When is a retirement fund contribution really a contribution? Once it’s been paid to the relevant fund. But is it that simple?
According to section 11(l) of the Income Tax Act of 1962, employers may deduct the amounts contributed to employees’ retirement funds (i e pension, provident or retirement annuity funds) in the year of assessment in which the amounts were contributed.
This seems straightforward enough, but the exact meaning of the term “contributed” in section 11(l) of the Act has recently come under scrutiny. Is it sufficient for an amount to have been incurred, even though it might not yet have been paid to the relevant fund, or does the Act require that the payment must actually have been made?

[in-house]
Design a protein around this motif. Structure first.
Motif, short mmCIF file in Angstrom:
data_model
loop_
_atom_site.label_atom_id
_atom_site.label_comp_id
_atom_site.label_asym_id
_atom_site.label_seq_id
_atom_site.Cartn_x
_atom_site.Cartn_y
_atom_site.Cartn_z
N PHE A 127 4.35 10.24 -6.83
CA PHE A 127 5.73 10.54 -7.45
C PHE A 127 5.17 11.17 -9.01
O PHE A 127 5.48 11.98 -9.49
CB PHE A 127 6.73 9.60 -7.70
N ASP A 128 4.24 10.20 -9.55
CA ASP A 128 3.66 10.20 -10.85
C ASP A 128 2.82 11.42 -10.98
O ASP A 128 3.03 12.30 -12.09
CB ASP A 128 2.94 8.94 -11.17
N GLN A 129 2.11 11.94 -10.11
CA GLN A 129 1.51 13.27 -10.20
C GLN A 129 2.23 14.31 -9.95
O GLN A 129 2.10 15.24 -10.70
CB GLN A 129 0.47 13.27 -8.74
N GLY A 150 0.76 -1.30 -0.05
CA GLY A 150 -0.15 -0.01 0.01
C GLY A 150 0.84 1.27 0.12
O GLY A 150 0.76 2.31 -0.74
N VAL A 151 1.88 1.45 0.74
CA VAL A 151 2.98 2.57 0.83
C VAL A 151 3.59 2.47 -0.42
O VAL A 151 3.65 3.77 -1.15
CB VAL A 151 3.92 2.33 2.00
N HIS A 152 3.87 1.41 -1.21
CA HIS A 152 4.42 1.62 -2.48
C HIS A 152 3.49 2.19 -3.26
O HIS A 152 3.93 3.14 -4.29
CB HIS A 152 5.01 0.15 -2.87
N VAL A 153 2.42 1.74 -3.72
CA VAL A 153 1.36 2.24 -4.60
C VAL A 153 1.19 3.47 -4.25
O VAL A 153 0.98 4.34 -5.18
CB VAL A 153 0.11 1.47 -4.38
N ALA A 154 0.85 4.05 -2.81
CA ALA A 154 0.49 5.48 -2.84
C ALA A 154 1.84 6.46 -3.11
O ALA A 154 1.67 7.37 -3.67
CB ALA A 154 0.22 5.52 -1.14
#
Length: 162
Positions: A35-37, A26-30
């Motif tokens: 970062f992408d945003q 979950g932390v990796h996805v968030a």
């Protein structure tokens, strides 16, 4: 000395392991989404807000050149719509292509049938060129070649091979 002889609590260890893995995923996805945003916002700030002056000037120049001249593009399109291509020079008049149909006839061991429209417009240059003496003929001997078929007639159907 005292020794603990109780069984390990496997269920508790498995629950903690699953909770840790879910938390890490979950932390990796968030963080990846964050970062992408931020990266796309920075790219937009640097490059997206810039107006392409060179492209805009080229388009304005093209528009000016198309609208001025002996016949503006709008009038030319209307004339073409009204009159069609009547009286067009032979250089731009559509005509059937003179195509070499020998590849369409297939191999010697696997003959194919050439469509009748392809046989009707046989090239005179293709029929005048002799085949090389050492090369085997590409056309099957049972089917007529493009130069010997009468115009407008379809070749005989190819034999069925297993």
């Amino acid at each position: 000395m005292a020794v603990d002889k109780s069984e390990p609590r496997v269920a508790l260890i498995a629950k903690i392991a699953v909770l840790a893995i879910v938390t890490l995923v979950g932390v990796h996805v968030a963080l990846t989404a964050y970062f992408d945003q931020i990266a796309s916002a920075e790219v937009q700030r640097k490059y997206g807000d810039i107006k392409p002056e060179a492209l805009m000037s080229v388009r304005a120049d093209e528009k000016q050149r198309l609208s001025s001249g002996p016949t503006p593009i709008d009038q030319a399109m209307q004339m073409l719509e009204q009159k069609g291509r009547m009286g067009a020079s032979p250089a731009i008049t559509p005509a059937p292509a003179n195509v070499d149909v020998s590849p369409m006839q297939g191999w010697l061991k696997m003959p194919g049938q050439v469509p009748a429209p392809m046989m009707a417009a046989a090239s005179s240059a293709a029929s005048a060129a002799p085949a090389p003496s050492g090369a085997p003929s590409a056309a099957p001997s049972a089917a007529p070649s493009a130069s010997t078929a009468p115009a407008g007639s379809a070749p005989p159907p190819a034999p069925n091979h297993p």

The difference becomes important in cases where the relevant amounts have been incurred at the end of the last month of the financial year (Year 1), but for whatever reason were only paid to the retirement fund at the beginning of the next month (i e in the next year of assessment (Year 2)). This raises the question: Is the amount regarded as having been contributed in Year 1 or in Year 2?
A clue might be contained in the previous paragraph of the Act. Section 11(k) allows retirement fund members to deduct any amount contributed by an employer on their behalf. In such cases, it is commonly accepted that the amount must actually have been paid over in order to qualify for the deduction. Logically, “contributed” should be interpreted the same way in paragraph (l).
The conclusion is that employers are well-advised to ensure that retirement fund contributions are actually paid to the relevant funds before the end of the year of assessment. This is the most prudent interpretation of the Act, and the strategy most likely to keep everyone out of awkward discussions with Sars.